When you take into account the new office space coming on stream, "we've got more space than we need, in a market where every firm is moving to find efficiency," says Craig Smith, president of Ashlar Urban Realty Inc. in Toronto.

"Ten or 15 years ago the bank towers and their neighbours in the downtown financial district would have been at about 260 square feet of space per person," says Sandy McNair, president of Altus InSite. "Today that would be closer to 160 square feet per person. Then you've got firms like Telus at 100 square feet per person, and Royal Bank and TD that are moving to 120 square feet per person on their newer premises."

"We're going to end up with more people in less space," he adds. That poses problems for the owners of bank towers and other older office buildings, many of which cannot be occupied at a level below about 150 square feet per person, he says. Even if a company can change washrooms, elevators and electrical systems to accommodate more people, "the killer, the one that there's no negotiating with, no matter how much they're willing to spend, is the width of stairwells, fire stairs."

"The textbook has said that the bank towers are going to have the safest rents and the lowest vacancy, they're the safest investment. And yet here we are in an environment where they're perhaps not."

This concern about a surplus of office space isn't limited to Toronto. There is more than 15-million square feet of new office space in the pipeline nationally for the next four years. The country is in the midst of the most active downtown development cycle in 20 years, according to Cushman.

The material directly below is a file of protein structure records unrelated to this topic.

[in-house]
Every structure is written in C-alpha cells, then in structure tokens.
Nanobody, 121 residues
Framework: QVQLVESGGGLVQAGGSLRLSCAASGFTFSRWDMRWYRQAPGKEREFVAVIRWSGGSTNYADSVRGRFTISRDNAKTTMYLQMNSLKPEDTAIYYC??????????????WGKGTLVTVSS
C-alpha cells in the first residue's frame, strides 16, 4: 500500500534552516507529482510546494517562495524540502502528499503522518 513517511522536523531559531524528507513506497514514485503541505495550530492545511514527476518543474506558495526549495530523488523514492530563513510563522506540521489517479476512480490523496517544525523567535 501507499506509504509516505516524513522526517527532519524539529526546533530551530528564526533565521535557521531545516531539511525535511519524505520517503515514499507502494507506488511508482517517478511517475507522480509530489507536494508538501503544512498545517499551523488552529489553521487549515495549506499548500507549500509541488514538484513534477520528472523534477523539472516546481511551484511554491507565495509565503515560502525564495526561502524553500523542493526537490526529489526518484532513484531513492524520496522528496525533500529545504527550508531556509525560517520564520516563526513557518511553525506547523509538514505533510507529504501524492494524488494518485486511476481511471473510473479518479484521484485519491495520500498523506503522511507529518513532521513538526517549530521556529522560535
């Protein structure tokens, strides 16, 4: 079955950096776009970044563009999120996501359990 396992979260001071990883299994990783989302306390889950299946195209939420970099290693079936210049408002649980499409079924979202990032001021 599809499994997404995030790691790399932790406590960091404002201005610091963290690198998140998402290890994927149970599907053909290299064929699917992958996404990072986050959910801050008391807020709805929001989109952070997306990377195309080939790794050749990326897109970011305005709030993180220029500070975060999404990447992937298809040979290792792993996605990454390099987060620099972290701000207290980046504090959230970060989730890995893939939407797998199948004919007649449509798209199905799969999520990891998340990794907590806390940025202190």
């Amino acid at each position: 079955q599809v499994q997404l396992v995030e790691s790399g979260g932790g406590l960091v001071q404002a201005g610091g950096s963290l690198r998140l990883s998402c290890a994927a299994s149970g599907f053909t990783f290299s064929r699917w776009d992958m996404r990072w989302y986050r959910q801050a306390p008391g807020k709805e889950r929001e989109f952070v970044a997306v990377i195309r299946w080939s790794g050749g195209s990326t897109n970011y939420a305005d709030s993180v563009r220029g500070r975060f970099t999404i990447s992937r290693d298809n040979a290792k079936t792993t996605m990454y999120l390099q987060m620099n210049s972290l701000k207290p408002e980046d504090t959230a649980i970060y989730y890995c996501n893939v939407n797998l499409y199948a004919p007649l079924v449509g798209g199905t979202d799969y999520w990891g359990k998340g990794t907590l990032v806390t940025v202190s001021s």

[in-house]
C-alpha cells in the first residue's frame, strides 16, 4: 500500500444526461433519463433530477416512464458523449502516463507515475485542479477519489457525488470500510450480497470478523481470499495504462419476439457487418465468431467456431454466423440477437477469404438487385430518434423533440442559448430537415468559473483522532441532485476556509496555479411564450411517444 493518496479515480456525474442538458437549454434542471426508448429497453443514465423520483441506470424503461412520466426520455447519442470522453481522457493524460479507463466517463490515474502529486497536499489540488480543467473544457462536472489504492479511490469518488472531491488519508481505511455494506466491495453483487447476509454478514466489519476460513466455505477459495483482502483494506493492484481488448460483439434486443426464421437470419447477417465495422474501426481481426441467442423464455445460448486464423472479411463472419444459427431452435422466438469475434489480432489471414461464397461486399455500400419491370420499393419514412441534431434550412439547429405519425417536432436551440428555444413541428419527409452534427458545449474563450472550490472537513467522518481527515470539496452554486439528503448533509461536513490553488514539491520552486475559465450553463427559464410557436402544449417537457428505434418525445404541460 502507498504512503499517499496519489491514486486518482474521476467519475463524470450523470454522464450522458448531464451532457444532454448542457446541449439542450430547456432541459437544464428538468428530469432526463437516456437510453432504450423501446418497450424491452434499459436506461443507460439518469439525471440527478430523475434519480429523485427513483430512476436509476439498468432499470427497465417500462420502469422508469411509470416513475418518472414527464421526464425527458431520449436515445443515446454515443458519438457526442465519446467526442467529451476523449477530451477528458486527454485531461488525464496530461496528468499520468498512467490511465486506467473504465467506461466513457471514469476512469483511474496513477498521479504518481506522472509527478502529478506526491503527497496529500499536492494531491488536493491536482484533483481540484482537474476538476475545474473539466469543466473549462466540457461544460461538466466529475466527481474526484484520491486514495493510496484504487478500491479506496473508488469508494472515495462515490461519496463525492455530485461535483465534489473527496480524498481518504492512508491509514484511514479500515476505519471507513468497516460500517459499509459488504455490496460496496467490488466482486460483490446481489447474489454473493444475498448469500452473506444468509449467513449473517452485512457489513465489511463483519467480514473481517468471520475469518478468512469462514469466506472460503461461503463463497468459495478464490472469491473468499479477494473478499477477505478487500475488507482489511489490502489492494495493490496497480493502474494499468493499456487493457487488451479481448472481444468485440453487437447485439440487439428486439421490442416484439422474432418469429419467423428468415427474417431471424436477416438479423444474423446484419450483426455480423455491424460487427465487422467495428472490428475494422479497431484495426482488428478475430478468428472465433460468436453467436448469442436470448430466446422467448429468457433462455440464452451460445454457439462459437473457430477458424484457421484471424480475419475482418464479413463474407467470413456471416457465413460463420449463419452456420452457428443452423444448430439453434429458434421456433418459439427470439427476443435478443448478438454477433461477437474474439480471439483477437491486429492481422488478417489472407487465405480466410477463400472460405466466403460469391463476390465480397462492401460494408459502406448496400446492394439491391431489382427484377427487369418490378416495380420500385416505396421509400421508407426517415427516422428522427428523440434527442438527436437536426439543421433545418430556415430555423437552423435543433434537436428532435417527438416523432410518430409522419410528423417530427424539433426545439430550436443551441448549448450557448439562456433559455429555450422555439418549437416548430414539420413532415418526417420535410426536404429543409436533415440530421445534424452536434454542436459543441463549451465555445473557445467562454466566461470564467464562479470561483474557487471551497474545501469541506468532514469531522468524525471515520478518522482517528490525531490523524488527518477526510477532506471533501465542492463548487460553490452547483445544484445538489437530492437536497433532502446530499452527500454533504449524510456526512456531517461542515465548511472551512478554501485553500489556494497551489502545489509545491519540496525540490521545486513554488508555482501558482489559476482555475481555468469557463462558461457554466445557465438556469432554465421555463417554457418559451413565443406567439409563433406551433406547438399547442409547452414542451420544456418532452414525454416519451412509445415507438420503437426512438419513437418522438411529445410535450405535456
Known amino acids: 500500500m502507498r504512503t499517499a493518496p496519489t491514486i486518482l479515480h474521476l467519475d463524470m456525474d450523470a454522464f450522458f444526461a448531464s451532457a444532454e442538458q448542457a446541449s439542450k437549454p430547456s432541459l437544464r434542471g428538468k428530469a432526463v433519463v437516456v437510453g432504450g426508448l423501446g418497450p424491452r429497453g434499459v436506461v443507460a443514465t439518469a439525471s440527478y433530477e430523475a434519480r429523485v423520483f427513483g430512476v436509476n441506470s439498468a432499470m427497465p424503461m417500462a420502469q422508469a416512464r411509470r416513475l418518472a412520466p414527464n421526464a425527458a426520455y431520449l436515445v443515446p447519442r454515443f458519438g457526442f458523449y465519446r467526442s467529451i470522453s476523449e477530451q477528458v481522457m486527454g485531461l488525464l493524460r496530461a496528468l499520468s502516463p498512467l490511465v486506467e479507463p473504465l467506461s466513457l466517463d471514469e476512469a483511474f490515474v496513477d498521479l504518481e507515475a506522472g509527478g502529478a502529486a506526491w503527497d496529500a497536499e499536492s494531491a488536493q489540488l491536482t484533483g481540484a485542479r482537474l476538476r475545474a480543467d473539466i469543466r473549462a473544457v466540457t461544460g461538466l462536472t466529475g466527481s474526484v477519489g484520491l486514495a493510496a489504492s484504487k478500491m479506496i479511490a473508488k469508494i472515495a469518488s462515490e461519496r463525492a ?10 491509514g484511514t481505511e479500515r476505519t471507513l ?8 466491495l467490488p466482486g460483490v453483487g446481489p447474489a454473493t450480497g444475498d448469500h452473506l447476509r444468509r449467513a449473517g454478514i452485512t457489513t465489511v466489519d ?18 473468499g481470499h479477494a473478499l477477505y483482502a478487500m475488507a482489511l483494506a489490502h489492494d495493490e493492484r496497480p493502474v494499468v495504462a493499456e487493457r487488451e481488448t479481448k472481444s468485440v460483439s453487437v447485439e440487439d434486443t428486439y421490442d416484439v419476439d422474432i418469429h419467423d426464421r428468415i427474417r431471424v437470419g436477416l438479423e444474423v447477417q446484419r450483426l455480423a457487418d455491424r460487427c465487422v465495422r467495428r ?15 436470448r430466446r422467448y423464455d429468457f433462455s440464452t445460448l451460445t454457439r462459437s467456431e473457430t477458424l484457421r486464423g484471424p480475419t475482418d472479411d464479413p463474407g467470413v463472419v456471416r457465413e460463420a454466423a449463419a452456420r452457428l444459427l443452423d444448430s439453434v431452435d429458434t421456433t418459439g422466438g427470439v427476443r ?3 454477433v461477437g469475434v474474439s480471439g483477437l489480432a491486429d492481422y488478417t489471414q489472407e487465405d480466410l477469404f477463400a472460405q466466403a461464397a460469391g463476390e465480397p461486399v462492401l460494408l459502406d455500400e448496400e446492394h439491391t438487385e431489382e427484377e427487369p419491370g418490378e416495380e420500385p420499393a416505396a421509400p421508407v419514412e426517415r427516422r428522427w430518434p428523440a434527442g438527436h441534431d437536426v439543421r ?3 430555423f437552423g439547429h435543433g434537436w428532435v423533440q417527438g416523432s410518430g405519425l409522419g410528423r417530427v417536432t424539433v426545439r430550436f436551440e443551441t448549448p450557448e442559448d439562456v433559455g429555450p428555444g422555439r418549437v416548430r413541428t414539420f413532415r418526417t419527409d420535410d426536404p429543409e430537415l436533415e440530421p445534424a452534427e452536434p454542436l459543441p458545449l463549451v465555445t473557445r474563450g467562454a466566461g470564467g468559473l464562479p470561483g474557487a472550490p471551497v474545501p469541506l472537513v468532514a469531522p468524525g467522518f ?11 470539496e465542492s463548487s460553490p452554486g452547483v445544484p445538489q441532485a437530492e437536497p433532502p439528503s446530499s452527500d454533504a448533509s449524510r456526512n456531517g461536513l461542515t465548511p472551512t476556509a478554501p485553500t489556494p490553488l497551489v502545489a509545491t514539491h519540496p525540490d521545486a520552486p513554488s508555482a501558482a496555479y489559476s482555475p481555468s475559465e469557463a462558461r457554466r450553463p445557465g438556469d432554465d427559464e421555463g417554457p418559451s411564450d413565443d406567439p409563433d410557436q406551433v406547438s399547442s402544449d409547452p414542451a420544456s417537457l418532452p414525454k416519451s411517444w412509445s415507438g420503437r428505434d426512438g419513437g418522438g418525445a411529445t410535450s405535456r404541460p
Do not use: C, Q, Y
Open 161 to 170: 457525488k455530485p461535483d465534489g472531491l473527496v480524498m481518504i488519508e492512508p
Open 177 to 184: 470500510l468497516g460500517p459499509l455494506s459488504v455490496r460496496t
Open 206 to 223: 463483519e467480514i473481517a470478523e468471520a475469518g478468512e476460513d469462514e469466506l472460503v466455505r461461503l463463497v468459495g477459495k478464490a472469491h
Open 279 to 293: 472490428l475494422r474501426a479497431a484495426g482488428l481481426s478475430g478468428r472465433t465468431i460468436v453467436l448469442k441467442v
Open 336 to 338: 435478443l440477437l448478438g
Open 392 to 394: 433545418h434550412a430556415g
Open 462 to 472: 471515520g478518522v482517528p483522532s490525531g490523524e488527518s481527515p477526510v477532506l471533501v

Downtown New York is the North American market that had the most office space under construction during the third quarter of this year. Next on the list? Calgary, Toronto, then Vancouver, each of which topped cities such as Boston, Washington and San Francisco.

Calgary is expecting 5.2-million square feet of construction, and downtown Vancouver's office development market is more active than it has been in more than two decades. St. John's is seeing its strongest office construction cycle since 1986, with the creation of 310,000 square feet downtown.

Towers are going up while work spaces are shrinking.

"We've just finished a project for HSBC in the lower mainland in Vancouver, a brand-new, transit-oriented building for them where they consolidated six locations … for exactly that reason – they wanted to achieve greater efficiencies, provide for telecommuting and things like that," says Gary Whitelaw, chief executive of Bentall Kennedy.

"We see those kinds of trends – mobile technology, video conferencing – changing the nature of office space utilization. I absolutely think that corporations are going to drive to control space usage, and with that head count, to drive productivity."

As new office towers rise, he's concerned about Calgary. "There's a lot of new construction coming into that market," he says. "Whether that head count and the need for space will keep up with that new supply is a good question."

Calgary is lagging other major markets when it comes to efficient use of space, and it's not clear when – or if – the trend toward fewer square feet per employee will hit the oil patch in a big way.

"Calgary's just a lot more generous with space," says Mr. McNair. "In downtown Calgary, the norm for energy firms would be close to 300 square feet per person. Some of the firms are at 400."

But the trend is spreading.

"Most organizations can reduce their real estate by 30 per cent if they go to a [desk] reservation system or a slightly different workplace model, with very little change, because 30 per cent of those people are either on holiday, travelling on business, ill or out visiting clients," says Lisa Fulford-Roy, a senior vice-president at design firm HOK, which is working with Manulife.